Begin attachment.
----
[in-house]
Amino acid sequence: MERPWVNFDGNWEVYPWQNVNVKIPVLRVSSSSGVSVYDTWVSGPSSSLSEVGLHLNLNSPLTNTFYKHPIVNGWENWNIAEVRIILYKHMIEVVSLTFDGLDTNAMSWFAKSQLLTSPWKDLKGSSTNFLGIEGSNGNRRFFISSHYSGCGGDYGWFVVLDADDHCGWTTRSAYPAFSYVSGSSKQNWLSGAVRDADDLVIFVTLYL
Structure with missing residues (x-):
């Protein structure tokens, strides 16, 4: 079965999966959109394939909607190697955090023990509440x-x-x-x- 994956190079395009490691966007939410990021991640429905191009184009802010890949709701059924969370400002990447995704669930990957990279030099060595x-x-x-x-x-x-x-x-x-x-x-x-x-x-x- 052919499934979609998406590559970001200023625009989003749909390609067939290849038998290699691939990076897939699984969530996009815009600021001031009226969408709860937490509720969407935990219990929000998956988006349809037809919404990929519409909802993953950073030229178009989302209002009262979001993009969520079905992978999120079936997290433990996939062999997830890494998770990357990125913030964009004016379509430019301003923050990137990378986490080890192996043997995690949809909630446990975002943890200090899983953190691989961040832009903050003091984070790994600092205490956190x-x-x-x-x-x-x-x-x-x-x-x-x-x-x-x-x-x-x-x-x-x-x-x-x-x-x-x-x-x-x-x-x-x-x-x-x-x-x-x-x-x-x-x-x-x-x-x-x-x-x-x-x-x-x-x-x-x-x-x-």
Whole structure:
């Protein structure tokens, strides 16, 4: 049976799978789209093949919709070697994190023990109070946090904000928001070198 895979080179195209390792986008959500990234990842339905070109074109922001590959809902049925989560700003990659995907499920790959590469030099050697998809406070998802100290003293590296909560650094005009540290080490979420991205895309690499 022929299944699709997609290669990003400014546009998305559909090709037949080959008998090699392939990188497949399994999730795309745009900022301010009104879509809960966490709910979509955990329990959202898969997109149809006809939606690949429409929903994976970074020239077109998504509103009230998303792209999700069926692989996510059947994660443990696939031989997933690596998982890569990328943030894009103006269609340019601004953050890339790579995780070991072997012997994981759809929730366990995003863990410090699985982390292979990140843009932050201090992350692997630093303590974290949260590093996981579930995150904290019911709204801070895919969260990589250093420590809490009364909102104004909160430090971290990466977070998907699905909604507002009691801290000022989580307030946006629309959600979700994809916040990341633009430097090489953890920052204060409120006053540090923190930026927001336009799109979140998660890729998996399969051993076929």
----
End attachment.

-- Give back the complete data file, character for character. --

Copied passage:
[in-house]
Amino acid sequence: MERPWVNFDGNWEVYPWQNVNVKIPVLRVSSSSGVSVYDTWVSGPSSSLSEVGLHLNLNSPLTNTFYKHPIVNGWENWNIAEVRIILYKHMIEVVSLTFDGLDTNAMSWFAKSQLLTSPWKDLKGSSTNFLGIEGSNGNRRFFISSHYSGCGGDYGWFVVLDADDHCGWTTRSAYPAFSYVSGSSKQNWLSGAVRDADDLVIFVTLYL
Structure with missing residues (x-):
């Protein structure tokens, strides 16, 4: 079965999966959109394939909607190697955090023990509440x-x-x-x- 994956190079395009490691966007939410990021991640429905191009184009802010890949709701059924969370400002990447995704669930990957990279030099060595x-x-x-x-x-x-x-x-x-x-x-x-x-x-x- 052919499934979609998406590559970001200023625009989003749909390609067939290849038998290699691939990076897939699984969530996009815009600021001031009226969408709860937490509720969407935990219990929000998956988006349809037809919404990929519409909802993953950073030229178009989302209002009262979001993009969520079905992978999120079936997290433990996939062999997830890494998770990357990125913030964009004016379509430019301003923050990137990378986490080890192996043997995690949809909630446990975002943890200090899983953190691989961040832009903050003091984070790994600092205490956190x-x-x-x-x-x-x-x-x-x-x-x-x-x-x-x-x-x-x-x-x-x-x-x-x-x-x-x-x-x-x-x-x-x-x-x-x-x-x-x-x-x-x-x-x-x-x-x-x-x-x-x-x-x-x-x-x-x-x-x-």
Whole structure:
């Protein structure tokens, strides 16, 4: 049976799978789209093949919709070697994190023990109070946090904000928001070198 895979080179195209390792986008959500990234990842339905070109074109922001590959809902049925989560700003990659995907499920790959590469030099050697998809406070998802100290003293590296909560650094005009540290080490979420991205895309690499 022929299944699709997609290669990003400014546009998305559909090709037949080959008998090699392939990188497949399994999730795309745009900022301010009104879509809960966490709910979509955990329990959202898969997109149809006809939606690949429409929903994976970074020239077109998504509103009230998303792209999700069926692989996510059947994660443990696939031989997933690596998982890569990328943030894009103006269609340019601004953050890339790579995780070991072997012997994981759809929730366990995003863990410090699985982390292979990140843009932050201090992350692997630093303590974290949260590093996981579930995150904290019911709204801070895919969260990589250093420590809490009364909102104004909160430090971290990466977070998907699905909604507002009691801290000022989580307030946006629309959600979700994809916040990341633009430097090489953890920052204060409120006053540090923190930026927001336009799109979140998660890729998996399969051993076929």